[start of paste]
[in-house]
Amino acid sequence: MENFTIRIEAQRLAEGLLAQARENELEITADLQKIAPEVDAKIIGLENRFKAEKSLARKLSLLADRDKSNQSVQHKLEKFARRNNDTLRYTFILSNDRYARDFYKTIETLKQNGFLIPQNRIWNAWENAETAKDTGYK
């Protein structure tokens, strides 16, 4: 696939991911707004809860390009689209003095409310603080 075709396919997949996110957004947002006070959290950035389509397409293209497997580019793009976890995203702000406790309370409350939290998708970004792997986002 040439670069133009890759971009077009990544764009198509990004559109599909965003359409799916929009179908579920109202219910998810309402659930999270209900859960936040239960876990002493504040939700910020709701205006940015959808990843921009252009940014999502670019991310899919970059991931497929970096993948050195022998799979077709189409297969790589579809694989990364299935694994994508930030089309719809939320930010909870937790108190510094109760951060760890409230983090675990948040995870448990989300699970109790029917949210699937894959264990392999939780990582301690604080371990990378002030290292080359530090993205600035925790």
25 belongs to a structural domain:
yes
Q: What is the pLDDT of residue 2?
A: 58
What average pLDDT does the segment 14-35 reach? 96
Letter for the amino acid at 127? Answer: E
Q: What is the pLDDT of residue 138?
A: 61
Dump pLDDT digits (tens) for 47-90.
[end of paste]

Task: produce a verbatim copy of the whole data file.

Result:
[in-house]
Amino acid sequence: MENFTIRIEAQRLAEGLLAQARENELEITADLQKIAPEVDAKIIGLENRFKAEKSLARKLSLLADRDKSNQSVQHKLEKFARRNNDTLRYTFILSNDRYARDFYKTIETLKQNGFLIPQNRIWNAWENAETAKDTGYK
């Protein structure tokens, strides 16, 4: 696939991911707004809860390009689209003095409310603080 075709396919997949996110957004947002006070959290950035389509397409293209497997580019793009976890995203702000406790309370409350939290998708970004792997986002 040439670069133009890759971009077009990544764009198509990004559109599909965003359409799916929009179908579920109202219910998810309402659930999270209900859960936040239960876990002493504040939700910020709701205006940015959808990843921009252009940014999502670019991310899919970059991931497929970096993948050195022998799979077709189409297969790589579809694989990364299935694994994508930030089309719809939320930010909870937790108190510094109760951060760890409230983090675990948040995870448990989300699970109790029917949210699937894959264990392999939780990582301690604080371990990378002030290292080359530090993205600035925790």
25 belongs to a structural domain:
yes
Q: What is the pLDDT of residue 2?
A: 58
What average pLDDT does the segment 14-35 reach? 96
Letter for the amino acid at 127? Answer: E
Q: What is the pLDDT of residue 138?
A: 61
Dump pLDDT digits (tens) for 47-90.